New data shows 32% of non-organic installs are misattributed with SKAdNetwork
Apple’s SKAdNetwork considerably impacts the accuracy of attribution data in regards to non-organic activity across installs, revenue, and in-app events.
That is the clear-cut conclusion of an in-depth analysis we’ve performed on campaigns of apps that have implemented the new attribution mechanism.
In fact, we’ve discovered that SKAdNetwork only captures about 68% of installs driven by non-organic activity. That’s 32% of misattributed installs.
Before we dive into the details of our study, let’s take a step back and look at where things stand.
Despite its benefits, SKAdNetwork limitations can’t be ignored
Since Apple’s announcement in late June, developers have been speculating about how iOS 14 – and namely, SKAdNetwork – will impact their abilities to conduct accurate measurement and optimization.
As things stand, SKAdNetwork will likely be the main source of deterministic attribution available to advertisers for iOS. As an attribution solution, SKAdNetwork holds many benefits; perhaps, most importantly, the inherent privacy-first approach of the product.
The limitations of SKAdNetwork, however, are not to be ignored. They have drawn a lot of concern among developers, leaving a lot of unanswered questions; one of the biggest being how developers were going to manage the overhead of supporting this API.
On average, SKAdNetwork only captures around 64% of revenue driven by non-organic installs.
The other question, perhaps more concerning, was how mobile measurement would be impacted by the limitations that are an inherent part of SKAdNetwork.To help advertisers prepare for the planned changes in iOS 14, AppsFlyer released the SKAdNetwork simulation dashboard back in early September.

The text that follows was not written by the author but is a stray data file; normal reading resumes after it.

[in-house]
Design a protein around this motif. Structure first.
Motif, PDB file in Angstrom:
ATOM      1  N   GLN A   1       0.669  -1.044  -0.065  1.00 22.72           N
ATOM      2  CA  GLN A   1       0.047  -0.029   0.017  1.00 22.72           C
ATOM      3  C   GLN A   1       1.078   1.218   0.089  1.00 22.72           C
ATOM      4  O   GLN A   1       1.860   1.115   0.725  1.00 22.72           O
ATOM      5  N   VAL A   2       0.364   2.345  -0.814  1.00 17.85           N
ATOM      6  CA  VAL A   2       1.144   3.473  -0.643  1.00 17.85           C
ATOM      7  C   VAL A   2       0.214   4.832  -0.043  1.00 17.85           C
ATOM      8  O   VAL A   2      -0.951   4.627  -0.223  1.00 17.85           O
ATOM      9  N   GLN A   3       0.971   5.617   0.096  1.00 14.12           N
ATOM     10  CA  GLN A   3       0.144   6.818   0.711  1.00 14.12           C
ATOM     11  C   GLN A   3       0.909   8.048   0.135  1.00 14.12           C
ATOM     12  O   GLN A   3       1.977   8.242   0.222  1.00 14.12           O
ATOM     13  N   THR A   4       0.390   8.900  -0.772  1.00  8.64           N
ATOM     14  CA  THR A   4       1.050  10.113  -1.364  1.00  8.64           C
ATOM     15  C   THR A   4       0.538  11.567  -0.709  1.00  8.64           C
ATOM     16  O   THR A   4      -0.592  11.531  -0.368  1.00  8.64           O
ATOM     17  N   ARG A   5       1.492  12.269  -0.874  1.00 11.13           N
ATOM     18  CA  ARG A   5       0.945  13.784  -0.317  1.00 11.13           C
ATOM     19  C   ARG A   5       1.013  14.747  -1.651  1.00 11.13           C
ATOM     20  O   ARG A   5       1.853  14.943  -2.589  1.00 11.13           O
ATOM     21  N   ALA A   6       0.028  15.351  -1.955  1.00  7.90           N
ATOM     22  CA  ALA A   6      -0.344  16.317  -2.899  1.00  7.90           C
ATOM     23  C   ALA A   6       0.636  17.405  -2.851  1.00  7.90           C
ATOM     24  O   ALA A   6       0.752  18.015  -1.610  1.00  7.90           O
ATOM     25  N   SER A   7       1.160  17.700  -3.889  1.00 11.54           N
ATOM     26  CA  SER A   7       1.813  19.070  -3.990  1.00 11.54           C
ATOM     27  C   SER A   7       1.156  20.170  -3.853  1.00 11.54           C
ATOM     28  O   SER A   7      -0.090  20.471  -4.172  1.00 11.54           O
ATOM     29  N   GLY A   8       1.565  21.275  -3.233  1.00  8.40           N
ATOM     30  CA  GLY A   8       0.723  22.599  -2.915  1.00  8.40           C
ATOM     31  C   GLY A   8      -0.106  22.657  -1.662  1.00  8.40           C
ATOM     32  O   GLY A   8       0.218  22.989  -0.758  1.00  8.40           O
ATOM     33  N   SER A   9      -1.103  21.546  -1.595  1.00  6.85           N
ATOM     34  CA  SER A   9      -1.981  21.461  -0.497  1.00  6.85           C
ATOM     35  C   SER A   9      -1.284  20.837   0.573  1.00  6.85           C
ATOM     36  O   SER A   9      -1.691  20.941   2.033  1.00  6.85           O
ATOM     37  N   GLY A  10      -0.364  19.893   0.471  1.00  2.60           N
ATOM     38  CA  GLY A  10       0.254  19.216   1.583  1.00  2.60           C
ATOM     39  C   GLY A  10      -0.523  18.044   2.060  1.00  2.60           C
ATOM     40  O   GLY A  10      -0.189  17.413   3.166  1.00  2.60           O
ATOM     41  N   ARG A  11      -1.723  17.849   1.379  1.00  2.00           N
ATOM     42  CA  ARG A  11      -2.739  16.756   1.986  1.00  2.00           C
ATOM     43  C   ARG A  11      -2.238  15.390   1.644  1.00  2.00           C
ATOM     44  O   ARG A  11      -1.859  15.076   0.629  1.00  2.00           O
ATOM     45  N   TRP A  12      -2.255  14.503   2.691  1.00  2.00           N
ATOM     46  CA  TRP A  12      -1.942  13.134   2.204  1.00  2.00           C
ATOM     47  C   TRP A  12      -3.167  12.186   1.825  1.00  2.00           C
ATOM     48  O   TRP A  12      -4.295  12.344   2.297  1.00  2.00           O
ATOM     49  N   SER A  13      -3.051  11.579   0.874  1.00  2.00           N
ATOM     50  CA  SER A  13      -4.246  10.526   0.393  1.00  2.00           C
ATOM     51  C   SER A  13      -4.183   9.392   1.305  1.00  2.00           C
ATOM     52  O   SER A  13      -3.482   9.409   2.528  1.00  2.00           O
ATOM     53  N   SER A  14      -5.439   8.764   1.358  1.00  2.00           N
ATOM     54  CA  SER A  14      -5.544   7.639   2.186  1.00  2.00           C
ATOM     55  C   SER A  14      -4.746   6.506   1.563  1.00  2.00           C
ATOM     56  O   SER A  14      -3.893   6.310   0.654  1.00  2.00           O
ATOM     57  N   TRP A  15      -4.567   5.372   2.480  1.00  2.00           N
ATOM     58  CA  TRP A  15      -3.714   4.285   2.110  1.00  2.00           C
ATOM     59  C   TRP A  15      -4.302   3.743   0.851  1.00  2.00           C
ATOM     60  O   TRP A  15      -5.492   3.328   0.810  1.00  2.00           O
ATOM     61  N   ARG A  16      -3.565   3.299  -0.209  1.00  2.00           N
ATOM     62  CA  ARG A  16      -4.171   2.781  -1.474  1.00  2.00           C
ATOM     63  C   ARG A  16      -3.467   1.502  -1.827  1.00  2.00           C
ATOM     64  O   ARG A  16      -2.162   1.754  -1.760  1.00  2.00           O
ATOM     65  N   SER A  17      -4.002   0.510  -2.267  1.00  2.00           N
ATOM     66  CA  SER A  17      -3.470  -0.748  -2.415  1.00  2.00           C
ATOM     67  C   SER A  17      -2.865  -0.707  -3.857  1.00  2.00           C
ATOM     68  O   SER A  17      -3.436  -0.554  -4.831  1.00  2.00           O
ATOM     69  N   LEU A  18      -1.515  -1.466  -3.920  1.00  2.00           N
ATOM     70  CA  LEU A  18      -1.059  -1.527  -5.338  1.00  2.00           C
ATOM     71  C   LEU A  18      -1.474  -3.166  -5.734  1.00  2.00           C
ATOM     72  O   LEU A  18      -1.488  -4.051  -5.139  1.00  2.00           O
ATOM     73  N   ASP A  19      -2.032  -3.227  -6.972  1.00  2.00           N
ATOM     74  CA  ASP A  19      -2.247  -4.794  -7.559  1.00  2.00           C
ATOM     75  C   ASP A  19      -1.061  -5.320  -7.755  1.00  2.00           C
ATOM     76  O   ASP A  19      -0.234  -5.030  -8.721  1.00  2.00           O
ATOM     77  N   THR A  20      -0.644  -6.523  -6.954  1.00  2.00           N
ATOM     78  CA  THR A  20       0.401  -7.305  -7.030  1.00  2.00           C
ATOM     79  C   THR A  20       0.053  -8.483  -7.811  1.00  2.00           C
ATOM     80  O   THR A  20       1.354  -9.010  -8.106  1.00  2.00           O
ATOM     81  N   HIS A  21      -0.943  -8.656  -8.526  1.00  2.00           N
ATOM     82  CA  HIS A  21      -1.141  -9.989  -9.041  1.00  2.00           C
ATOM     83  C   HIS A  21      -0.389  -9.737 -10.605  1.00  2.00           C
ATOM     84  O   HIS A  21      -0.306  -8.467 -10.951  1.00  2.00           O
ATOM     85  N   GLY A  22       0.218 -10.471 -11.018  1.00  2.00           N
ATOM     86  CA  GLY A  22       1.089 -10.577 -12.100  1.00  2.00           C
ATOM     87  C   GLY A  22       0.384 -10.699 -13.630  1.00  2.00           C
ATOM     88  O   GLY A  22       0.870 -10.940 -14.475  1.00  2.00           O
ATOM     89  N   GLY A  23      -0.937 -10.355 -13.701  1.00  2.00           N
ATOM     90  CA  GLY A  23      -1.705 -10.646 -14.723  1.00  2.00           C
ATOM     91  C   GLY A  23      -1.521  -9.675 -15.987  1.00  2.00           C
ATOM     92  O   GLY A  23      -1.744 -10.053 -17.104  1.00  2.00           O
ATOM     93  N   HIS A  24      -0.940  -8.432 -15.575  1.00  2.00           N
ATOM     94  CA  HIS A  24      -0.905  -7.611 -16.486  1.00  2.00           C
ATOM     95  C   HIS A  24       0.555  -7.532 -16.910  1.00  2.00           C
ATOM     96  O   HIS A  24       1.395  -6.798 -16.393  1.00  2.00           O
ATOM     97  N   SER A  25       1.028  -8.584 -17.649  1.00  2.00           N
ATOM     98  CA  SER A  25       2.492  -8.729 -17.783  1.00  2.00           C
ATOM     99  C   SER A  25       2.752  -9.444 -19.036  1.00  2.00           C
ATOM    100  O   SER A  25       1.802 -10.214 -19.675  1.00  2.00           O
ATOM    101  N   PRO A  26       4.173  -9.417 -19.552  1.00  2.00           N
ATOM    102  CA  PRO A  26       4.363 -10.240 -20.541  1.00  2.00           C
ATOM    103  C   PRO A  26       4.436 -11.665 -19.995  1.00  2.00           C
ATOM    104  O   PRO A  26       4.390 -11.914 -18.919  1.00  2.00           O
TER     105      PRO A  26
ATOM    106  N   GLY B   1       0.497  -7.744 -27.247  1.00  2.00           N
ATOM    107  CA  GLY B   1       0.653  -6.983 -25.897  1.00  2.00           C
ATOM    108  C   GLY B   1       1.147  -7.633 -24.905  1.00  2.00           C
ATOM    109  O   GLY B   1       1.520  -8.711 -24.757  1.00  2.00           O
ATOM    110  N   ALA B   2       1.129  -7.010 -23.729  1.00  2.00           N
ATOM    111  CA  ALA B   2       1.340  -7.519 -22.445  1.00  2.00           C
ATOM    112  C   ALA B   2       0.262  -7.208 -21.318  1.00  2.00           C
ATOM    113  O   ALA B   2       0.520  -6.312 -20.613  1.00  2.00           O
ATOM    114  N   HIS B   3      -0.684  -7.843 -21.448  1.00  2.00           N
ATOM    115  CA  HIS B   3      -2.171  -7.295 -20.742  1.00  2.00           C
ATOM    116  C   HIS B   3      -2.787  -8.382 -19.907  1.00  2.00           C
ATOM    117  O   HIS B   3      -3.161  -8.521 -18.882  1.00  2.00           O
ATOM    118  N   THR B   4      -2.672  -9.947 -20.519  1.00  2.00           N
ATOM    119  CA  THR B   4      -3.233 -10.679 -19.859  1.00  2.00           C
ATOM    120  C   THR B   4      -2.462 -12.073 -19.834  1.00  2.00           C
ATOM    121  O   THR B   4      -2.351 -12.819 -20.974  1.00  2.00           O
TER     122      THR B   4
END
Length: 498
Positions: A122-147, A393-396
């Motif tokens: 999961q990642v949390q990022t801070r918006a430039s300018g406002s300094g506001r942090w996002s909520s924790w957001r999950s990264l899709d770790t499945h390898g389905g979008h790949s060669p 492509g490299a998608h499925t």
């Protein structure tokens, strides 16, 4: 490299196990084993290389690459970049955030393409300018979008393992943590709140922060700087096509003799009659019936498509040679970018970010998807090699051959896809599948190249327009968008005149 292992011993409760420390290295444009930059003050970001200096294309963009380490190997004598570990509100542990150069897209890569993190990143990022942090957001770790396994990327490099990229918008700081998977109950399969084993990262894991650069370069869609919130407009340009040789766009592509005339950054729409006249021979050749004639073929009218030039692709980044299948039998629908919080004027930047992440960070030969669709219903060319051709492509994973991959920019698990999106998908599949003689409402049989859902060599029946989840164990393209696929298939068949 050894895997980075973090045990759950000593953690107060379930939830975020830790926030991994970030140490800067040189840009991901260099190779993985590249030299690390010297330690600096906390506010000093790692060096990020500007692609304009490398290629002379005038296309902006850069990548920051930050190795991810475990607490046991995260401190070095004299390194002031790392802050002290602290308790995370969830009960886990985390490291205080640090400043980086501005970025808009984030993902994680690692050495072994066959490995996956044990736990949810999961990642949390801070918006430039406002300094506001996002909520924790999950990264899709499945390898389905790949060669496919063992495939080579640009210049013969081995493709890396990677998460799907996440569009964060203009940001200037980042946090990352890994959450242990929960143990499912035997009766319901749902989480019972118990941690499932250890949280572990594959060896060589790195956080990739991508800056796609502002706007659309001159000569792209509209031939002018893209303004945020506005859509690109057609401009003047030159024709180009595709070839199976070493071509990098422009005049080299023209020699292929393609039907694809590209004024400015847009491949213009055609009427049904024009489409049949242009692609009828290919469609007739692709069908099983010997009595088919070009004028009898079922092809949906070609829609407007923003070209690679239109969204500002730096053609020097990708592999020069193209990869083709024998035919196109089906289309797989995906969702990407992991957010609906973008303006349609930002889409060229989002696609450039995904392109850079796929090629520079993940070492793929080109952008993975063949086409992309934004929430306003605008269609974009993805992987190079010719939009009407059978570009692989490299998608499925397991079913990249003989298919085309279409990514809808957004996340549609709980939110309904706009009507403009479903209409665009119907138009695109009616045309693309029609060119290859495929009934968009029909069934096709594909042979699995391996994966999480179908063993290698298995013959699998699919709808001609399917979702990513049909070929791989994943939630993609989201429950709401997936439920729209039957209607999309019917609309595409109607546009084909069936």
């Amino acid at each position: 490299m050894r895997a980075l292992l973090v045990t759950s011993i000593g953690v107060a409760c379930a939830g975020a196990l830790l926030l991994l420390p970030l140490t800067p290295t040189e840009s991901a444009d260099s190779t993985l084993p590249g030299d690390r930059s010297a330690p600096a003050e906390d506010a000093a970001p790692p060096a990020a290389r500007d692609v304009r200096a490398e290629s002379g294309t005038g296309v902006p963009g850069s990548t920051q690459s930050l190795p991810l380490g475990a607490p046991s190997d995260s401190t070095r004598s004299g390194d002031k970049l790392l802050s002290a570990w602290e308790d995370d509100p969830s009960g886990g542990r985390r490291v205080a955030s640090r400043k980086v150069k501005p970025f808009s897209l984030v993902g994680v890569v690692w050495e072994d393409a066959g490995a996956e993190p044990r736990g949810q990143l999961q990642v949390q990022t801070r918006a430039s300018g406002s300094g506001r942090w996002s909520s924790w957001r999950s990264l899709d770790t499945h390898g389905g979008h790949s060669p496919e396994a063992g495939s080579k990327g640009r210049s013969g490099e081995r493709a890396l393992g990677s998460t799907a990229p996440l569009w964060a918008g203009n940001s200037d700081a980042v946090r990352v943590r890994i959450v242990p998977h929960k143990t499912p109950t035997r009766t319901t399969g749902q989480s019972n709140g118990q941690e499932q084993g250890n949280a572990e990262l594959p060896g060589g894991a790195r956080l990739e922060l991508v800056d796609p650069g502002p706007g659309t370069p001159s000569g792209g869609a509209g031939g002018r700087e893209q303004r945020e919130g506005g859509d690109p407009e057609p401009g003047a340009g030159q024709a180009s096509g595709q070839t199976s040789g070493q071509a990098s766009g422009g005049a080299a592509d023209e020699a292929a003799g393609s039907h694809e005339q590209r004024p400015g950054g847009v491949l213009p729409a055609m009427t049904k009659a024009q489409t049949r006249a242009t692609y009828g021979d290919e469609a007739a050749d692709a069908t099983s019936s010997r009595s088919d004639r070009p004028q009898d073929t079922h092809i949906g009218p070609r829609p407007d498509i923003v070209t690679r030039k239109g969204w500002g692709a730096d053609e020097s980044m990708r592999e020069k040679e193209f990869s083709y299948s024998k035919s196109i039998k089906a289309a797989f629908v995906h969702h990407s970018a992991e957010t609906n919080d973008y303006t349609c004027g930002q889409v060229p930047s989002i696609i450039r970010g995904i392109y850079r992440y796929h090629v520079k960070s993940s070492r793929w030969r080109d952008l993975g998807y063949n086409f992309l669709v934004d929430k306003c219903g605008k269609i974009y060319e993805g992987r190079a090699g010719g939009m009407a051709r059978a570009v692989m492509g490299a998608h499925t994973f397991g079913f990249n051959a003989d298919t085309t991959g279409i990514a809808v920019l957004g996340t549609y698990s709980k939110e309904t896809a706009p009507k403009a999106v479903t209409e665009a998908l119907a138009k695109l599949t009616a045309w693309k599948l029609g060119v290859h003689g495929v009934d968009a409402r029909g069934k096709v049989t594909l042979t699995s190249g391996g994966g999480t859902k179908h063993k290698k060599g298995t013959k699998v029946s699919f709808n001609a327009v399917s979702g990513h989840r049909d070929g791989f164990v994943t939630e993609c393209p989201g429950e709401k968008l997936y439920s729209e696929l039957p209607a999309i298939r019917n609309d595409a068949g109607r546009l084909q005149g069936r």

This dashboard simulated the very real effects SKAdNetwork has on attribution data.
With this extensive infrastructure in place, we were able to answer the question, “how far-reaching are SKAdNetwork’s limitations, really?” How badly will data actually be affected, when run through the SKAdNetwork sieve?
Our hypothesis: Misattribution of non-organic as organic
To answer these questions, we ran an extensive analysis of SKAdNetwork data.
Our working hypothesis was that due to the nature of SKAdNetwork coverage, attribution would be impacted.
What SKAdNetwork covers:
- Only app-to-app flows and direct click-to-install flows
- Only events that occur up to 24 hours post-install (unless timer extensions are put in place, and they have their own trade offs)
What SKAdNetwork doesn’t cover:
- No web-to-app
- No re-engagement
- No measurement of view-through and deferred click-through
- No ROI measurement
For these reasons, we anticipated both a gap in the total numbers of measured installs, in-apps and revenue, as well as potential discrepancies in attribution sourcing. In other words, we anticipated that non-organic installs and in-app events – that advertisers pay media sources for – would be falsely attributed by SKAdNetwork as organic.
What we weren’t entirely sure of ahead of the analysis, was the extent of the impact, as well as whether or how the impact would differ among different app categories.
Comparing actual data to SKAdNetwork data